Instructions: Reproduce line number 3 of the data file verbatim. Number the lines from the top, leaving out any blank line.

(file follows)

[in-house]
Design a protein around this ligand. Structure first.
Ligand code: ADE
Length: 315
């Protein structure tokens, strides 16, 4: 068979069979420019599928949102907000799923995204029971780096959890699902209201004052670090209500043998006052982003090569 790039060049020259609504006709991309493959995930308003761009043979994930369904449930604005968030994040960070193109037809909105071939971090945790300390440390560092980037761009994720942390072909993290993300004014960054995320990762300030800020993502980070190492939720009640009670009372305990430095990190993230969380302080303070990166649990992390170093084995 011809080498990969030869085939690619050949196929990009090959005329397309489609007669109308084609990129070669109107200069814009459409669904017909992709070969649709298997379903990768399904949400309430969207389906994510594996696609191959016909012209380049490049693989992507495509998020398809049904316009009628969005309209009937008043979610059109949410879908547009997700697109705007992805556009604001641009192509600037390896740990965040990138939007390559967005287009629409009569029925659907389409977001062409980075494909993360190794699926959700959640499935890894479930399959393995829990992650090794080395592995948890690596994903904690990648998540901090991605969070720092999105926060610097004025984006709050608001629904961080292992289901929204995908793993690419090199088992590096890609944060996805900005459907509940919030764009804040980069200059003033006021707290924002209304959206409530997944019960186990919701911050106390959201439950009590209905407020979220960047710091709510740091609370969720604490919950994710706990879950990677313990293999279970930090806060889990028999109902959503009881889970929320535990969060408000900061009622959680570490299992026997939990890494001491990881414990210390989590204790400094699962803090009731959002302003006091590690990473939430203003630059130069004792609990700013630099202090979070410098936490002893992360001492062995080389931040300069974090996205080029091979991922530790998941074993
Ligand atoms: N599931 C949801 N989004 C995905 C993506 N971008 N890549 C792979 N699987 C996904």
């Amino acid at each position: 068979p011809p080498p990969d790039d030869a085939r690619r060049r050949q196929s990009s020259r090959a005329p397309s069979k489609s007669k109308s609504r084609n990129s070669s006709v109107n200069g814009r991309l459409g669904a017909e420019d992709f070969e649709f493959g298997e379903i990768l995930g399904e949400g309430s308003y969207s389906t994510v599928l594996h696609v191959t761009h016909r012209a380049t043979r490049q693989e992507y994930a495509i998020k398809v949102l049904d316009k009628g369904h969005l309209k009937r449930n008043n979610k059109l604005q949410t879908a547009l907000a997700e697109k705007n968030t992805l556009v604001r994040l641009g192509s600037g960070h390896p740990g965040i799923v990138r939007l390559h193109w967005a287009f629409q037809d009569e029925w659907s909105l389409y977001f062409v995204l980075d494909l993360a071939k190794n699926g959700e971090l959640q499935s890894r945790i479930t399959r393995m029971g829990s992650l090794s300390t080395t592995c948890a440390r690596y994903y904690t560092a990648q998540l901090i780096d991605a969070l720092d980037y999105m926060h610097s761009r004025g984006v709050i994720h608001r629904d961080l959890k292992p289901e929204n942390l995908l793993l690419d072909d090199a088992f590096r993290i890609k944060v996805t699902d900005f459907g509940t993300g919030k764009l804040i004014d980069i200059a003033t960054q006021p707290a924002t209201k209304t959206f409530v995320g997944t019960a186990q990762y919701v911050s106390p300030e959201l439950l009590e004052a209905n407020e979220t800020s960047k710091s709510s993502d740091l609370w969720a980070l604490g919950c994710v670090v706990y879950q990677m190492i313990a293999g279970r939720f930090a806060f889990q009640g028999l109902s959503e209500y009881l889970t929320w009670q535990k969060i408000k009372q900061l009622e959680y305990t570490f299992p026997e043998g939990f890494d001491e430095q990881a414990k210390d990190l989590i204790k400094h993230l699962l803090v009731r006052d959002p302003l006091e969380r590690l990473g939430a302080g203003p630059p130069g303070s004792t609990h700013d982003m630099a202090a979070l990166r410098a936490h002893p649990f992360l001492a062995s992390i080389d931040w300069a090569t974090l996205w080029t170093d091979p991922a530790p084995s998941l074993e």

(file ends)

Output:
Ligand code: ADE